Friday, January 21, 2011

State Quarters as Part of your Coin Collection

Nowadays, coin collecting is becoming one of the most popular hobbies around the world and many individuals are getting into it. This kind of pastime is very fascinating plus the fact that it could also be a good way of investing. If you are intending to start a collection of your own, you may consider having State Quarters into your first coin collection.

Some of you may ask what State Quarters are. Well, here is a description about it. State Quarters (also known as the Fifty State Quarters Programs) is an act approved last 1997 and is still in effect. It is the most popular minted series of coins released in the United States. In fact, five state quarters were issued on 1998, which lasted for ten years. Every ten weeks, a quarter is released. These kinds of coins were never released in public because they were minted and were produced to cater to the coin collector’s passion for this kind of hobby.

Moreover, the act also formulated a new and distinctive approach to coin issuance. The State Quarters were issued according to the year that a state became part of the United States of America. These quarters are all minted – you can even notice George Washington’s face located at the front side of the coin while the design of a particular state is placed on the backside. These coins are different from normal coins because of the backside design. Every state has the authority to choose its own design, usually a symbol that signifies what the state represents.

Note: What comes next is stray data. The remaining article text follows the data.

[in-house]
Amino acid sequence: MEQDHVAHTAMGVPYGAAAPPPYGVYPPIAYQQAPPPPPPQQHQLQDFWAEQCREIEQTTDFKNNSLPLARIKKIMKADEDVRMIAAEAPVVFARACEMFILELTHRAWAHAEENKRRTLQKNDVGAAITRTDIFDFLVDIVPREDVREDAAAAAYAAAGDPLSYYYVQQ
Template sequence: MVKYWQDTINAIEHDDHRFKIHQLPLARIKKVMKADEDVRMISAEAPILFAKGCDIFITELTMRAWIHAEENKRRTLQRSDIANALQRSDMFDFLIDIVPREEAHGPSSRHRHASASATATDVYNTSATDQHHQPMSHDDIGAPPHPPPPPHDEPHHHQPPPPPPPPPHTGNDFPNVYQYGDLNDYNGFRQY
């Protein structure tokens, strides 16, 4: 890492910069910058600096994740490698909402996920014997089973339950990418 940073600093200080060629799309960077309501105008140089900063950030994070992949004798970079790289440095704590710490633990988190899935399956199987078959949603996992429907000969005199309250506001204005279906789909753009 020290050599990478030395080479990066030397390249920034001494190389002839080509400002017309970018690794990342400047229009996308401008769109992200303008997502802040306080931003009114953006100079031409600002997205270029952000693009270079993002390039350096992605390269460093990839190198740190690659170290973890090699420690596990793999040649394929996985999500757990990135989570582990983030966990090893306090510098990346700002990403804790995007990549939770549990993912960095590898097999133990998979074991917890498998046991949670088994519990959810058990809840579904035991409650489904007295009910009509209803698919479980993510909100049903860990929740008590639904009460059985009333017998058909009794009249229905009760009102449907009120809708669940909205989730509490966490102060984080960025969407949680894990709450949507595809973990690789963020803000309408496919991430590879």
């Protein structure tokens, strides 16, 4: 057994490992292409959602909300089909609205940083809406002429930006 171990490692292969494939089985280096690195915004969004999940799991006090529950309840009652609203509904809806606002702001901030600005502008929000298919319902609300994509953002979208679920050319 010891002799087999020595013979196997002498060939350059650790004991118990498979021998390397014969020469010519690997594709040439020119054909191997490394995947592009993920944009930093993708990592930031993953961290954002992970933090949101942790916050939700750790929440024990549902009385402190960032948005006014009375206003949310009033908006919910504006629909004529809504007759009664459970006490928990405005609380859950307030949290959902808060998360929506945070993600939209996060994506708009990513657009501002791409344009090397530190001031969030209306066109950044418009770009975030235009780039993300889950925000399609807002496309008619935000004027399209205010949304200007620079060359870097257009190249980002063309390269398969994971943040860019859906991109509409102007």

However, the issuance of these coins were discontinued after 2008. This means that nowadays, coins are designed back to their original design. State Quarters are one of the coins worthy to be included to your coin collection because they are now starting to become rare. If you happen to acquire one before the program ended in 2008, you are very fortunate. These coins are considered as collector’s items and may cost a lot if you try to purchase one from another collector or dealer.

These kinds of coins will increase its value as the years pass by. However, the value of a State Quarter (or any coin) will decrease once its condition become below standards. In addition, there are also State Quarters that were manufactured with defects (error coins) that are more expensive than the normal ones, which could cost you $500.

State Quarters are very good addition to your coin collection. You can go to your local state office and ask if they still have some of those in safekeeping. If you did not found any, you can go to a coin shop and purchase one.

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